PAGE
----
It didn't take long for last week's downgrade of monoline bond insurer MBIA Inc. (MBI)
to hit the firm's bottom line; the company said late Friday that it will likely have to post $7.4 billion in payments and collateral tied to its asset management business -- a separate business line that underscores the complexity of the business structure at large monline insurers.
News of the expected loss comes as Moody’s Investors Service said late Thursday
that it had downgraded core ratings of the monoline bond insurance subsidiaries of MBIA and Ambac Financial Group, Inc
MBIA's asset management business manages $25 billion for investors. In the wake of the downgrade, the firm will have to pay $2.9 billion to satisfy potential termination payments under so-called guaranteed investment contracts (GICs, for most of us); another $4.5 billion in eligible collateral will likely have to be posted to satisfy potential collateral posting requirements under its GICs as a result of the downgrade, MBIA said in a press statement
Guaranteed investment contracts are similar to certificates of deposit that can be purchased at banks; they are usually considered safe investments, and pay interest from one to five years. The downgrades at MBIA, however, underscore the complexity of risk at large monolines.
MBIA said that it has $15.2 billion to manage the claims, including $4 billion in cash and liquid short-term investments.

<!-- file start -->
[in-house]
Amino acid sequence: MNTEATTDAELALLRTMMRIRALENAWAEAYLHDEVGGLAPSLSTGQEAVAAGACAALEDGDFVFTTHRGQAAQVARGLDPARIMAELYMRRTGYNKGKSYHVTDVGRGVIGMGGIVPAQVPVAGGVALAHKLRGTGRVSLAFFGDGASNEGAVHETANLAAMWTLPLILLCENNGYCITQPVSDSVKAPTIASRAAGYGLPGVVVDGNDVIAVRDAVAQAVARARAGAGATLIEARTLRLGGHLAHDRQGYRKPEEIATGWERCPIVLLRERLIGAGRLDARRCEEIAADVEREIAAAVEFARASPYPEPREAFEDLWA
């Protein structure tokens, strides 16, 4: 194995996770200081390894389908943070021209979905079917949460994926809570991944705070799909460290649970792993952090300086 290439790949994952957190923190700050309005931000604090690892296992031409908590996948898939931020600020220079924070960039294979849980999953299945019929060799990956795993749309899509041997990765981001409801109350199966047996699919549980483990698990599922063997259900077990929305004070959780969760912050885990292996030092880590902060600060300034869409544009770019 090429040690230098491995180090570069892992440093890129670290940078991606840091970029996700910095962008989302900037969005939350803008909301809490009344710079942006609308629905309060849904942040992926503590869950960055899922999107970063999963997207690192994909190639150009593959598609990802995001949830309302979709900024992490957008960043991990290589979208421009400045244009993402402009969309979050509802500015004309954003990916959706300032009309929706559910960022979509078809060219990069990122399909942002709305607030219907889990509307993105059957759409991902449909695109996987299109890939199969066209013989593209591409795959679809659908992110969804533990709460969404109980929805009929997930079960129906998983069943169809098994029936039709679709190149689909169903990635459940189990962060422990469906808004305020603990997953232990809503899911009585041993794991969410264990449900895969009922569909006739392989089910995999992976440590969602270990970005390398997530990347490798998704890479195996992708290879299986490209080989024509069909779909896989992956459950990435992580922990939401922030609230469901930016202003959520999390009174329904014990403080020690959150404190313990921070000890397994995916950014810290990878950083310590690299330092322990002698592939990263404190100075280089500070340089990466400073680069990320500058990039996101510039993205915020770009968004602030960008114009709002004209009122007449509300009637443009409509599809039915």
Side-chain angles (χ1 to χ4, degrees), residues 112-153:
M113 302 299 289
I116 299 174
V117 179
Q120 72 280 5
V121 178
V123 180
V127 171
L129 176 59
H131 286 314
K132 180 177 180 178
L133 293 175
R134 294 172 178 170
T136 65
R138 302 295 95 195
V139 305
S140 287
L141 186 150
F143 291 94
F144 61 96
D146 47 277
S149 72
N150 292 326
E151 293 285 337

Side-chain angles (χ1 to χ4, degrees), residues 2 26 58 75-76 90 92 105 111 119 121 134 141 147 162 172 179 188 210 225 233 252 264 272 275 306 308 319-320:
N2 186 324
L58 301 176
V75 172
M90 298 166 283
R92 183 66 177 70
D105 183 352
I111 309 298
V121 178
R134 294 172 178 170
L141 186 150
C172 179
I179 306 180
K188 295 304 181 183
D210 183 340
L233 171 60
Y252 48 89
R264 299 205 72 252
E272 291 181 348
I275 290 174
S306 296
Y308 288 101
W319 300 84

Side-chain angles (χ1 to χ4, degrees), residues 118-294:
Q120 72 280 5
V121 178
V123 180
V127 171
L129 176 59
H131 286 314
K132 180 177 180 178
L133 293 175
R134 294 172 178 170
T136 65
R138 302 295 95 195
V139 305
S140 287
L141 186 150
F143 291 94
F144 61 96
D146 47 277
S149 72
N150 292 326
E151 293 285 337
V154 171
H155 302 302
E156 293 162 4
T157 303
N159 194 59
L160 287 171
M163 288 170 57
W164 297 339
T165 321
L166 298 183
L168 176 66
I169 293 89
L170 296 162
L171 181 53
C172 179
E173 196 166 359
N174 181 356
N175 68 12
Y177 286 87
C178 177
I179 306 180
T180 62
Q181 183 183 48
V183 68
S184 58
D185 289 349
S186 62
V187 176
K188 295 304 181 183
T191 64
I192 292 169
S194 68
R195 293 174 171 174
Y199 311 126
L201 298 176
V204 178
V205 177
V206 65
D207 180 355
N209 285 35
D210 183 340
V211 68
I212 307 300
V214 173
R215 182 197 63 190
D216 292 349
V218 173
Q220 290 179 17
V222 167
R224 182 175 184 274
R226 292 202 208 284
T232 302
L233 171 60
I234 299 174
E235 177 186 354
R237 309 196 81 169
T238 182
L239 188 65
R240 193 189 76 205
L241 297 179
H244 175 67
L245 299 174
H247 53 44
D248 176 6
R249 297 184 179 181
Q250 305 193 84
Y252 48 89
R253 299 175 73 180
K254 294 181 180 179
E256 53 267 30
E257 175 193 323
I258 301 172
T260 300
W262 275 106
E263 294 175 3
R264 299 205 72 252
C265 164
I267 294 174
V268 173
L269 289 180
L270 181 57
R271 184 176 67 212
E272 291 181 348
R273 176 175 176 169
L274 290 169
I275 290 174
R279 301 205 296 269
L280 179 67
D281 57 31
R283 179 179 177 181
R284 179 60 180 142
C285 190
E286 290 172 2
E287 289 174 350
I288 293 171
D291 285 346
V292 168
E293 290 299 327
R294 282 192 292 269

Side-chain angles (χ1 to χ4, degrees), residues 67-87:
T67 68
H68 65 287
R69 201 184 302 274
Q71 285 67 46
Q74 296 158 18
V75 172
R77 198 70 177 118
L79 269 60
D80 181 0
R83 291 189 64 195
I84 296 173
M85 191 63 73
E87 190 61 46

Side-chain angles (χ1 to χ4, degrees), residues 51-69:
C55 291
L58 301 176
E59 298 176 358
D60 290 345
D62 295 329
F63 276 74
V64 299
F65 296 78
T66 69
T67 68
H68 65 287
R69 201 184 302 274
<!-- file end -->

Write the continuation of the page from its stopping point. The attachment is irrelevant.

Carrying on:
Insurers like MBIA provided the top-rated portions of private-party RMBS and related CDO deals with a guarantee that essentially was designed to serve as a proxy for the government guarantee that exists on Fannie/Freddie/Ginnie mortgage bond issues. But the strength of that guarantee is only as good as the rating of the firm that provides it — especially for banks, who now must account for counterparty downgrades in their upcoming estimates of exposure to such toxic financial instruments as collateralized debt obligations.
In mid-Feburary , Oppenheimer & Co. analyst Meredith Whitney estimated that Citigroup Inc. (C)
, Merrill Lynch & Co. (MER)
and UBS AG (UBS)
— three firms with the largest relative exposure to the monolines — could face losses of more than $10 billion were downgrades to materialize.
Disclosure: The author held no positions in publicly-traded firms mentioned herein when this story was originally published. HW reporters and writers follow a strict disclosure policy, the first in the mortgage trade.